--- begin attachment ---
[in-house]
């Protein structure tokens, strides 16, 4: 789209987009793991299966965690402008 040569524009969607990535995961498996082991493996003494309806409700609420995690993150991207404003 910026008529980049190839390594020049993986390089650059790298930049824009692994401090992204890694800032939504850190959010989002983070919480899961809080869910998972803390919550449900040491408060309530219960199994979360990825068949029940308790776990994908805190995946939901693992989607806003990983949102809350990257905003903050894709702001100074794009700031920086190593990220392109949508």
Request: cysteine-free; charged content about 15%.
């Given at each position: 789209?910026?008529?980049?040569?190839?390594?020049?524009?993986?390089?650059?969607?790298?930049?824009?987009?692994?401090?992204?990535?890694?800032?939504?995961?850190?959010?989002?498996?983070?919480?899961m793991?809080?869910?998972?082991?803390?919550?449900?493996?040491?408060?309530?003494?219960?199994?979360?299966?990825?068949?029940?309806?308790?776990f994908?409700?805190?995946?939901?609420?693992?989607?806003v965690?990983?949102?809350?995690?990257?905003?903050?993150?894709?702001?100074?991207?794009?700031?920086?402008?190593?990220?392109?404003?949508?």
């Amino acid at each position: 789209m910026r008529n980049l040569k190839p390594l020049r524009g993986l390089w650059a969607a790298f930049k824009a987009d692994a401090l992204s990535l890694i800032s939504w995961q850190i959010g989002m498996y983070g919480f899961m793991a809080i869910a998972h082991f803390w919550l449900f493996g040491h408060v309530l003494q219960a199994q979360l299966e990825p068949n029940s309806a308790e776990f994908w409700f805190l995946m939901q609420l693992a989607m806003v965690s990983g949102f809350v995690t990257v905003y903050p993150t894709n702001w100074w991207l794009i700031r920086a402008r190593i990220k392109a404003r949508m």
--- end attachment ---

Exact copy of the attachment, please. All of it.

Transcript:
[in-house]
């Protein structure tokens, strides 16, 4: 789209987009793991299966965690402008 040569524009969607990535995961498996082991493996003494309806409700609420995690993150991207404003 910026008529980049190839390594020049993986390089650059790298930049824009692994401090992204890694800032939504850190959010989002983070919480899961809080869910998972803390919550449900040491408060309530219960199994979360990825068949029940308790776990994908805190995946939901693992989607806003990983949102809350990257905003903050894709702001100074794009700031920086190593990220392109949508």
Request: cysteine-free; charged content about 15%.
């Given at each position: 789209?910026?008529?980049?040569?190839?390594?020049?524009?993986?390089?650059?969607?790298?930049?824009?987009?692994?401090?992204?990535?890694?800032?939504?995961?850190?959010?989002?498996?983070?919480?899961m793991?809080?869910?998972?082991?803390?919550?449900?493996?040491?408060?309530?003494?219960?199994?979360?299966?990825?068949?029940?309806?308790?776990f994908?409700?805190?995946?939901?609420?693992?989607?806003v965690?990983?949102?809350?995690?990257?905003?903050?993150?894709?702001?100074?991207?794009?700031?920086?402008?190593?990220?392109?404003?949508?």
């Amino acid at each position: 789209m910026r008529n980049l040569k190839p390594l020049r524009g993986l390089w650059a969607a790298f930049k824009a987009d692994a401090l992204s990535l890694i800032s939504w995961q850190i959010g989002m498996y983070g919480f899961m793991a809080i869910a998972h082991f803390w919550l449900f493996g040491h408060v309530l003494q219960a199994q979360l299966e990825p068949n029940s309806a308790e776990f994908w409700f805190l995946m939901q609420l693992a989607m806003v965690s990983g949102f809350v995690t990257v905003y903050p993150t894709n702001w100074w991207l794009i700031r920086a402008r190593i990220k392109a404003r949508m």